Slavery ended, or did it?
I would like to agree with Tony Blair when UK Prime Minister who said, "The same courage and dedication that people showed to overcome the slave trade 200 years ago should be used to tackle the many forms of modern day slavery, the forced recruitment of child solders, human trafficking and bonded labour."
This evening on BBC2 Rageh Omar visited places in the world where children are working long hours for little benefit, such as a boy high in the mountains of Peru splitting rocks in the hope of finding gold; he has little choice. Rageh Omar was sensitive to the cultural differences between countries and said that we in the West might not approve but that such work for children is accepted if there is nothing better. A family in Ghana was seen selling a son to a fisherman.
Another recent programme on television had Moira Stewart exploring the history of the slave trade with visits to Jamaica, Florida and west Africa. She also went to Hull where William Wilberforce came from. In a simplistic version of history it was Wilberforce who ended the slave trade but of course it was more complicated. In Jamaica they prefer to honour the slaves who rose up against the system and paid the penalty of death.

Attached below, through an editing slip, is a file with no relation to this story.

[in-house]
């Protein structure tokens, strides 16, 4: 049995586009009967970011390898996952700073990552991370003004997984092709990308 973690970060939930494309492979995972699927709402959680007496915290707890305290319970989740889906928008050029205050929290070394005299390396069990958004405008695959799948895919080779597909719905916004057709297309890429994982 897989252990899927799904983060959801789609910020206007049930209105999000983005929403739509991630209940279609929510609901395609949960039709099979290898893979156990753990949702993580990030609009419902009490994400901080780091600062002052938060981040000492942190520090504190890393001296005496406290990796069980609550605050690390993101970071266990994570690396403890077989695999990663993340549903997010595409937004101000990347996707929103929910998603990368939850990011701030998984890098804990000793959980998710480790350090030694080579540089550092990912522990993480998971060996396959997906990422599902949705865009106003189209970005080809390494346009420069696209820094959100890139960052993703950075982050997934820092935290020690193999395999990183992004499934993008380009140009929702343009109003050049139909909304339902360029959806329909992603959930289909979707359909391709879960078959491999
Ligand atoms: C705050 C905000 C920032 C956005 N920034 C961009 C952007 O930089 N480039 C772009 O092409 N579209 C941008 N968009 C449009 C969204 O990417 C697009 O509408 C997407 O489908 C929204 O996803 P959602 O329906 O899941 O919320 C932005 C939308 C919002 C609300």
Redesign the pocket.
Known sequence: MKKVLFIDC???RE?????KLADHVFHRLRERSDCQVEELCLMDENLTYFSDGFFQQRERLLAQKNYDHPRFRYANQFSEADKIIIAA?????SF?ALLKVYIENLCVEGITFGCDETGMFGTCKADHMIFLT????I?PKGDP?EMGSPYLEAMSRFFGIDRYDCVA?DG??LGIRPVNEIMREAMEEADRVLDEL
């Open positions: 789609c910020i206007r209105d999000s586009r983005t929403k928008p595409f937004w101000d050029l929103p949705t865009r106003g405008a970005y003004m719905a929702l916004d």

Amnesty is asking us to debate and discuss the issues of slavery in the past and in the present day.
Update, June 2008: See Ten shocking facts about modern slavery. Slavery has not gone away although the Atlantic slave trade may have stopped many years ago.
Shocking fact number one is that there are more people in slavery now than at any other time in human history.
Our blogs are written by Amnesty International staff, volunteers and other interested individuals, to encourage debate around human rights issues. They do not necessarily represent the views of Amnesty International.